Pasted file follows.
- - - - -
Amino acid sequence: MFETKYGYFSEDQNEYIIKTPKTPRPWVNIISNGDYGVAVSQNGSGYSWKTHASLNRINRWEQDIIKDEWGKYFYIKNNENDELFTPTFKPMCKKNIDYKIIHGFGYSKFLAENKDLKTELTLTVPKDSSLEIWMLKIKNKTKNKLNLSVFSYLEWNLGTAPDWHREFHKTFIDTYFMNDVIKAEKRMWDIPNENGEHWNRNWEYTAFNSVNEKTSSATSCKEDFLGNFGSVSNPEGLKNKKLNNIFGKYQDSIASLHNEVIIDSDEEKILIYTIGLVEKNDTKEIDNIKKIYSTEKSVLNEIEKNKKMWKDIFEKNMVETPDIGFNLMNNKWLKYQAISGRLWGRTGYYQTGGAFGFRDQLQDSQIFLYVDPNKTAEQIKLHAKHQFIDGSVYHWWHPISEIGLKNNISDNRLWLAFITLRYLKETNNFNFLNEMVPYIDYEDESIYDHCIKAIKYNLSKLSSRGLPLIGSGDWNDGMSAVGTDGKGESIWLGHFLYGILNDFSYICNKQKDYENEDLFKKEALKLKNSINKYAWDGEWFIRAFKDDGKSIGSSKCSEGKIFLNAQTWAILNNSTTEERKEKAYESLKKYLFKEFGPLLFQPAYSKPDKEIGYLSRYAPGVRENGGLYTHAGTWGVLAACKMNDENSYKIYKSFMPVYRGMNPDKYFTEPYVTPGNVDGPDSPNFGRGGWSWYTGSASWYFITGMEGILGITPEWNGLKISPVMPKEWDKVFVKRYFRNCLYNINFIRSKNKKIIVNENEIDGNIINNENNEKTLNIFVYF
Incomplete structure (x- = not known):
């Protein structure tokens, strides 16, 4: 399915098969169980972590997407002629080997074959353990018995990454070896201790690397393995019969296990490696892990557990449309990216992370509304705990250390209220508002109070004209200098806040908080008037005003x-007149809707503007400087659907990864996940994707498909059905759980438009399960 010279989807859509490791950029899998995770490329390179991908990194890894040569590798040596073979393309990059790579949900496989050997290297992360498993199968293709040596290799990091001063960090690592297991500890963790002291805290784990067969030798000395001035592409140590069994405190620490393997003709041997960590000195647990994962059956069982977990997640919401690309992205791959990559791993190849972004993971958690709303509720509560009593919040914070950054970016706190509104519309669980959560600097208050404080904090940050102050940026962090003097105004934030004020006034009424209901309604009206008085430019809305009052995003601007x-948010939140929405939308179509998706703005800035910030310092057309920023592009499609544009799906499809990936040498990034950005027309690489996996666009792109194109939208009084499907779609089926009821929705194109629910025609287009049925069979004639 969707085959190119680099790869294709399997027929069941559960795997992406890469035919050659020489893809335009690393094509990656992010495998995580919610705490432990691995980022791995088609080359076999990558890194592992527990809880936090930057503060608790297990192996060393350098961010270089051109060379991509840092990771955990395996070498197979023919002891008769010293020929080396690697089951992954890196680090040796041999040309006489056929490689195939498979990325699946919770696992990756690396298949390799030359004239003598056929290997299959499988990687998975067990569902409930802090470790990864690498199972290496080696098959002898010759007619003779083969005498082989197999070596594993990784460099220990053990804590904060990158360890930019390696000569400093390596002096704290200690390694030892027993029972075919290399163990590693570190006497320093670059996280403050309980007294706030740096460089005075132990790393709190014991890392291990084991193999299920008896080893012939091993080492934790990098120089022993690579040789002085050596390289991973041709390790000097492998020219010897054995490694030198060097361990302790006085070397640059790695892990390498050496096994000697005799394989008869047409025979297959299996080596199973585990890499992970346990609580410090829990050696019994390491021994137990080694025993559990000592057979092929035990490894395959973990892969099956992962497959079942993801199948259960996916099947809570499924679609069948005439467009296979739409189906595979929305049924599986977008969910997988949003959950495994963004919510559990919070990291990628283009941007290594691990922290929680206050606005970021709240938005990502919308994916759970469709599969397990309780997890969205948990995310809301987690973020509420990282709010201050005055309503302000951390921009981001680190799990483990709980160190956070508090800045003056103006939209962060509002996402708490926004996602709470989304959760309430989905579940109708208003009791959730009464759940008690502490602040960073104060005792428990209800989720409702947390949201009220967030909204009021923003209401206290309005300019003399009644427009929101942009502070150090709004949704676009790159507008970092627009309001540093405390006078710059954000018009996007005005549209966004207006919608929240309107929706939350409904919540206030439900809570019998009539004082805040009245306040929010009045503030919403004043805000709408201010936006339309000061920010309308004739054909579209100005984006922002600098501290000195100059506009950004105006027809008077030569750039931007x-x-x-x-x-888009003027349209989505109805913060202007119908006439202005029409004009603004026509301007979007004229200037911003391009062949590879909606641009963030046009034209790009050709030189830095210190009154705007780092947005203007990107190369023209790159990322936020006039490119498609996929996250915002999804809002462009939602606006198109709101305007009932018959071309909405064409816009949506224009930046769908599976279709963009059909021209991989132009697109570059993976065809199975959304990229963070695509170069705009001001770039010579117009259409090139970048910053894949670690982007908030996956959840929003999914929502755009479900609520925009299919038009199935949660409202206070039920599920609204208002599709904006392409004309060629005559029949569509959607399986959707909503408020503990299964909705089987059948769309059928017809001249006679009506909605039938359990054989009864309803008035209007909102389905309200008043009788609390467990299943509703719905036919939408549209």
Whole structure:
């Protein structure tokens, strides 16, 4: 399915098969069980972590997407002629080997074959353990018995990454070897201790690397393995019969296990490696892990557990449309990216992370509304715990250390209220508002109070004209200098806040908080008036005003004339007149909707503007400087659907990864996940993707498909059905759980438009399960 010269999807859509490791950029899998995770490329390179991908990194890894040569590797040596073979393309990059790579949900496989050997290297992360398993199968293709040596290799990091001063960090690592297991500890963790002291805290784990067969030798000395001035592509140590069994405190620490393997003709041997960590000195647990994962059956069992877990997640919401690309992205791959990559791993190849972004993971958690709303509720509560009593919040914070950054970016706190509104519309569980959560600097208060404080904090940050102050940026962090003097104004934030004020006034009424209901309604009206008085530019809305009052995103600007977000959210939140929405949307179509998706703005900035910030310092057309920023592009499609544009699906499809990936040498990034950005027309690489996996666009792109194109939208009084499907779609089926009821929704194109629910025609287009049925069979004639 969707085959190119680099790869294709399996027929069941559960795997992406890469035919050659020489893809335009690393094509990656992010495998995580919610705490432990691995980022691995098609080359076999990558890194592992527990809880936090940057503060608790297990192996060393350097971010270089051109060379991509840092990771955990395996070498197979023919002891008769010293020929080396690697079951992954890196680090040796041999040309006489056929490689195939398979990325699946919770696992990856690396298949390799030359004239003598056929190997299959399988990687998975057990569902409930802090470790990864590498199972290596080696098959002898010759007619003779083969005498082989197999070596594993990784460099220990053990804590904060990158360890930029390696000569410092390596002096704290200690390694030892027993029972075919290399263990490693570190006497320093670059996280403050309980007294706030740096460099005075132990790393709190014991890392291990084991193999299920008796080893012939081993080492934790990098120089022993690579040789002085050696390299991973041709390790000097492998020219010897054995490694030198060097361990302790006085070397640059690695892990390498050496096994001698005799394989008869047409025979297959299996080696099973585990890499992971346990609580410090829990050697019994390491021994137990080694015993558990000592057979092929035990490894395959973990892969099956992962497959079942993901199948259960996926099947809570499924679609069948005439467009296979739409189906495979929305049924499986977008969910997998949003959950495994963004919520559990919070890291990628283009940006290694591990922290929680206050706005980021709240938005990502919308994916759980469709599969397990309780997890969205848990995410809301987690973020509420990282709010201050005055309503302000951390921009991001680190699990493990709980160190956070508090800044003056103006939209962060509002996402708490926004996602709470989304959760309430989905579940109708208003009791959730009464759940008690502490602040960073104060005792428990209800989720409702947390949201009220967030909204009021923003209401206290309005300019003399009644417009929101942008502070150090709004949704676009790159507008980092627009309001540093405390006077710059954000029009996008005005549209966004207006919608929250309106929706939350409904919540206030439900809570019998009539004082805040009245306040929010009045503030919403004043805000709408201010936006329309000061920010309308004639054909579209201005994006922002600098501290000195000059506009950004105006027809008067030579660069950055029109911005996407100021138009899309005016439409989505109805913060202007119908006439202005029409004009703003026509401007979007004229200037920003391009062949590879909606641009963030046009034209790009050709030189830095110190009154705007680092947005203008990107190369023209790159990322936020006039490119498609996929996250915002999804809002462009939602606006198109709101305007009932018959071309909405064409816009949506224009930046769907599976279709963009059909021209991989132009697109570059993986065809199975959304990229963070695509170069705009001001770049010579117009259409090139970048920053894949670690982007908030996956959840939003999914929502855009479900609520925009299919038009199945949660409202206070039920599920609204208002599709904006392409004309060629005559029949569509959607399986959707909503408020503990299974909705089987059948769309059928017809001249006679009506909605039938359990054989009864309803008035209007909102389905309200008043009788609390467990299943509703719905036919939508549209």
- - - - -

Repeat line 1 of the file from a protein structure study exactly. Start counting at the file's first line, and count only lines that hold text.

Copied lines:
Amino acid sequence: MFETKYGYFSEDQNEYIIKTPKTPRPWVNIISNGDYGVAVSQNGSGYSWKTHASLNRINRWEQDIIKDEWGKYFYIKNNENDELFTPTFKPMCKKNIDYKIIHGFGYSKFLAENKDLKTELTLTVPKDSSLEIWMLKIKNKTKNKLNLSVFSYLEWNLGTAPDWHREFHKTFIDTYFMNDVIKAEKRMWDIPNENGEHWNRNWEYTAFNSVNEKTSSATSCKEDFLGNFGSVSNPEGLKNKKLNNIFGKYQDSIASLHNEVIIDSDEEKILIYTIGLVEKNDTKEIDNIKKIYSTEKSVLNEIEKNKKMWKDIFEKNMVETPDIGFNLMNNKWLKYQAISGRLWGRTGYYQTGGAFGFRDQLQDSQIFLYVDPNKTAEQIKLHAKHQFIDGSVYHWWHPISEIGLKNNISDNRLWLAFITLRYLKETNNFNFLNEMVPYIDYEDESIYDHCIKAIKYNLSKLSSRGLPLIGSGDWNDGMSAVGTDGKGESIWLGHFLYGILNDFSYICNKQKDYENEDLFKKEALKLKNSINKYAWDGEWFIRAFKDDGKSIGSSKCSEGKIFLNAQTWAILNNSTTEERKEKAYESLKKYLFKEFGPLLFQPAYSKPDKEIGYLSRYAPGVRENGGLYTHAGTWGVLAACKMNDENSYKIYKSFMPVYRGMNPDKYFTEPYVTPGNVDGPDSPNFGRGGWSWYTGSASWYFITGMEGILGITPEWNGLKISPVMPKEWDKVFVKRYFRNCLYNINFIRSKNKKIIVNENEIDGNIINNENNEKTLNIFVYF